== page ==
Dallas, TX –
My breast cancer recovery journey was moving along quite well until a recent report from the Journal of Clinical Oncology took the wind out of my sail. The report focused on the growing trend toward double mastectomies, when only one breast is cancerous. There has been a 150% increase since 1998 of women making this choice.
I am one of them. I was diagnosed with breast cancer a few months ago and I panicked. I dove in, head first into despair and depression. An annual mammogram found stage zero cancer, but it covered much of one breast and that it could not be spared. It is horrifying to be told your breast must be removed to save your life. It was a scene right off of some television program. How in the world could this be happening to me?
I went numb for a while and literally I stumbled upon the option of removing both breasts even though one was healthy. This brought me a strange sense of peace. Not so much that I was surrendering both breasts to cancer, but that I was increasing my chances of living. After much prayer and medical consultation, I selected this "aggressive operation" for three reasons. One I did not want to worry when and if cancer would show up in the healthy breast. Two, I did not want the painful and grueling process of biopsies to be repeated. My third reason was pure vanity. If one breast was removed, and it was to be replaced with prosthesis, that new one would not match the old one, so I wanted both removed and replaced.
Having the double mastectomy brought me joy in the midst of my cancer battle because I felt some sense of control over an insidious disease. I thought, "Maybe, just maybe, I can beat cancer." I was one of the most giddy cancer patients around.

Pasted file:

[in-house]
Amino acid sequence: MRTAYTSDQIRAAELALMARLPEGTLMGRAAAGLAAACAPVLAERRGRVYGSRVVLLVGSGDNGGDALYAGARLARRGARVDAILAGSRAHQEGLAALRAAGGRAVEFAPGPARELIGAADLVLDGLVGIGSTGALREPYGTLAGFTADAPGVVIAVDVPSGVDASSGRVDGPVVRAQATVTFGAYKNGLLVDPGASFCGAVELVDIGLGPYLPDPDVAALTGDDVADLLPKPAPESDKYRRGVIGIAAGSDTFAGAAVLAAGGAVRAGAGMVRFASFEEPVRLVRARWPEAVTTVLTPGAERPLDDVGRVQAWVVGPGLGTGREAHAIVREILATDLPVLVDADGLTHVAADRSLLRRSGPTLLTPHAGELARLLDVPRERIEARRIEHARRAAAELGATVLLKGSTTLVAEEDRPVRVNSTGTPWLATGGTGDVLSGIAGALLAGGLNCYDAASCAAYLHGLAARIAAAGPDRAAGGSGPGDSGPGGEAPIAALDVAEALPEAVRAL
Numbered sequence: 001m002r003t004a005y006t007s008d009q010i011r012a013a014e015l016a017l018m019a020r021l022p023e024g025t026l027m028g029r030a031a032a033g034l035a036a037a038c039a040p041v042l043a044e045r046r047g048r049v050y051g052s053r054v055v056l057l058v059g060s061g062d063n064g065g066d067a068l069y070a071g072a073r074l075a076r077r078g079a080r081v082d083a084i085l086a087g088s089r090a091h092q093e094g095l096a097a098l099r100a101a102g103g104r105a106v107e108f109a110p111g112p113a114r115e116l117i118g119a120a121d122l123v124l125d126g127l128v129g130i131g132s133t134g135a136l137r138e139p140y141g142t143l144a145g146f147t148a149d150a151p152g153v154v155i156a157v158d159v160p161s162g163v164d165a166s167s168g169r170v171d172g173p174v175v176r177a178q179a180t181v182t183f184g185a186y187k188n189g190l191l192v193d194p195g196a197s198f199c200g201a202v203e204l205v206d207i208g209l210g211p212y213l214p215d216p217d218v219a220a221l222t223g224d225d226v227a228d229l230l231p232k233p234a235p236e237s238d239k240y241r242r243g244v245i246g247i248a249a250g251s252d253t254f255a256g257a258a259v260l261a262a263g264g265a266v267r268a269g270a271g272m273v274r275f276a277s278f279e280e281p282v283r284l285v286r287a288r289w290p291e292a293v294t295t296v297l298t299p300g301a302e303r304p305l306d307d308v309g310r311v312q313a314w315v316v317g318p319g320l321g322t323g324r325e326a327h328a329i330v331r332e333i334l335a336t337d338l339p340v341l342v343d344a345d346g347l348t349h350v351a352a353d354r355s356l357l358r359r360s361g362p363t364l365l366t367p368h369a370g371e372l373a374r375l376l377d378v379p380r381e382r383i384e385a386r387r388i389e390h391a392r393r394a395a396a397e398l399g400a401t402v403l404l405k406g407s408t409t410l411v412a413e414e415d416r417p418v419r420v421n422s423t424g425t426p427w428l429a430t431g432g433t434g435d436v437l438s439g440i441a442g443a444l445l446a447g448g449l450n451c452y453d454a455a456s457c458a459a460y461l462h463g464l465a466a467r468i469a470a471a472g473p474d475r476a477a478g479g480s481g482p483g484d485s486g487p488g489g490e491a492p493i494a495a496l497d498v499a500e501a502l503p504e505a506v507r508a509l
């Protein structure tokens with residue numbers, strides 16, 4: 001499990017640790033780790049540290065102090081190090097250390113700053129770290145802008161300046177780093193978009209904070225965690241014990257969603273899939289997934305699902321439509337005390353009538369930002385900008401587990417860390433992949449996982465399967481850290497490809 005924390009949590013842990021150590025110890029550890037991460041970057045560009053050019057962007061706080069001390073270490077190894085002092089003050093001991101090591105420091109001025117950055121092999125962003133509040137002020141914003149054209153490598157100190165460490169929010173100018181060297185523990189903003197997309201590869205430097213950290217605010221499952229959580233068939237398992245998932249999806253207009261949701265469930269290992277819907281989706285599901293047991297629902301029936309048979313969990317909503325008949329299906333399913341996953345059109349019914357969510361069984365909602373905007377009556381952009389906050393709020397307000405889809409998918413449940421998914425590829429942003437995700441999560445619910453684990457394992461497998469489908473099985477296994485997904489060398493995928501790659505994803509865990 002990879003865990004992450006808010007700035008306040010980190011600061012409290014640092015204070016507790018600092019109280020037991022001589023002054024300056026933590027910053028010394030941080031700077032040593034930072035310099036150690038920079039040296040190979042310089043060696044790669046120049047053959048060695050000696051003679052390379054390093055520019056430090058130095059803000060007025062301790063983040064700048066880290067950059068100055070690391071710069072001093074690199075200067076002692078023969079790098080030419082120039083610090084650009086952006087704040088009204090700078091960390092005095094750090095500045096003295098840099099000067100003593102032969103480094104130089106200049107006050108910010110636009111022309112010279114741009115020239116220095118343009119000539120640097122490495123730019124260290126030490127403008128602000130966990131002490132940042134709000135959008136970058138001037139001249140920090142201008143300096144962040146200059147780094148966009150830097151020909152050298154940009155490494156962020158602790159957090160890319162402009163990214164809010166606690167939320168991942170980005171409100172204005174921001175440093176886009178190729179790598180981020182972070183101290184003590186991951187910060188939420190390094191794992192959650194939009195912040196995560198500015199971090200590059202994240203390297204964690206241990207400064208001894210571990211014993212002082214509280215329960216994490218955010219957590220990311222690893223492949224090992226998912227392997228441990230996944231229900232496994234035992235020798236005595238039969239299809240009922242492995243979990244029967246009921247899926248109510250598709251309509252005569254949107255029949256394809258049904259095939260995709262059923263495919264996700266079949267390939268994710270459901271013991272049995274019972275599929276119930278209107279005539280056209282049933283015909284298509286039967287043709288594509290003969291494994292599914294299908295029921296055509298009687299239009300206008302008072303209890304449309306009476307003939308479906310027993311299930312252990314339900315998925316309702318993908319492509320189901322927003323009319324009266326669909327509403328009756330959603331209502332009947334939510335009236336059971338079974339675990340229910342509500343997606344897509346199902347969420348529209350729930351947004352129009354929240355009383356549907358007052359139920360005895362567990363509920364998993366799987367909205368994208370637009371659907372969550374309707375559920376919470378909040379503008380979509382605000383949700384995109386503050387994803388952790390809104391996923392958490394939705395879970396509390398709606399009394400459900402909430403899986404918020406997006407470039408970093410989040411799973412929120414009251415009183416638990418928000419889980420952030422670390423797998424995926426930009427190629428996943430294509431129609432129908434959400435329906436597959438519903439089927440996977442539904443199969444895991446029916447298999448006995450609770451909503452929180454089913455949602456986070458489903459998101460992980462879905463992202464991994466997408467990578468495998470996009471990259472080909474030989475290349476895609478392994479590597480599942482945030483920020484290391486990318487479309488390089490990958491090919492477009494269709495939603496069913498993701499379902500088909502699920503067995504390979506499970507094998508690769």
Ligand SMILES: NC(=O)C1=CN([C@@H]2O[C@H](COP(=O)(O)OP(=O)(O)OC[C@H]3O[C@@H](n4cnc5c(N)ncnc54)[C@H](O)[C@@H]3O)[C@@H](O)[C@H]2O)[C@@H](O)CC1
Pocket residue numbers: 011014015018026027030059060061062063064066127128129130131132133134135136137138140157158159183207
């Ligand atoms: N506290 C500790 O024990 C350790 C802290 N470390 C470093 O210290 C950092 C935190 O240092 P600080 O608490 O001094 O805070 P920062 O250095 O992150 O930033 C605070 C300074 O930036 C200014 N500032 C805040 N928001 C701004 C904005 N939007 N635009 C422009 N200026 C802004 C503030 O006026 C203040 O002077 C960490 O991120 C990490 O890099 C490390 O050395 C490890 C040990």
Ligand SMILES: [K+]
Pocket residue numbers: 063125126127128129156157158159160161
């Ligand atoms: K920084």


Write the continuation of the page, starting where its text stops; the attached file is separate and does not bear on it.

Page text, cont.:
Now I learn that my double mastectomy decision have been in vain. The report says that overall, the chances of survival are not improved by the double mastectomy because the "initial cancer tumor already may have sent seeds of spread to key organs."
Also, the report says that having the healthy breast removed greatly lowers, but does not eliminate the chances of new cancer developing on the other side.
Well, the proverbial ball is in my court. I have decisions to make. Do I return to depression because the cancer may have spread despite the aggressive surgery? The American Cancer Society estimates 178,480 U.S. women will be found to have breast cancer this year. About 40,460 will die of it. Will I be one of them?
Or do I remain celebratory because the double mastectomy may eliminate the chance of new cancer developing on the other side. The word "may" has never sounded so good. It means there's a slim chance and I am ready to hold on to it, no matter how slim it is. Slim is better than none when you are fighting cancer.
My decision with this health matter is probably similar to something equally as serious going on in your life. Maybe it's your health, or your family or your job. Of course we cannot control our outcome, but we can control our response. Bad news does not always dictate a bad reaction.
I have decided. I am going to keep on celebrating until the end comes, whether it is from cancer in the near future or from old age if I live to be 100. Life is never guaranteed, but what is guaranteed is our ability to celebrate regardless of the circumstances.
Dr. Sheron Patterson is senior pastor of Highland Hills United Methodist Church in Dallas.
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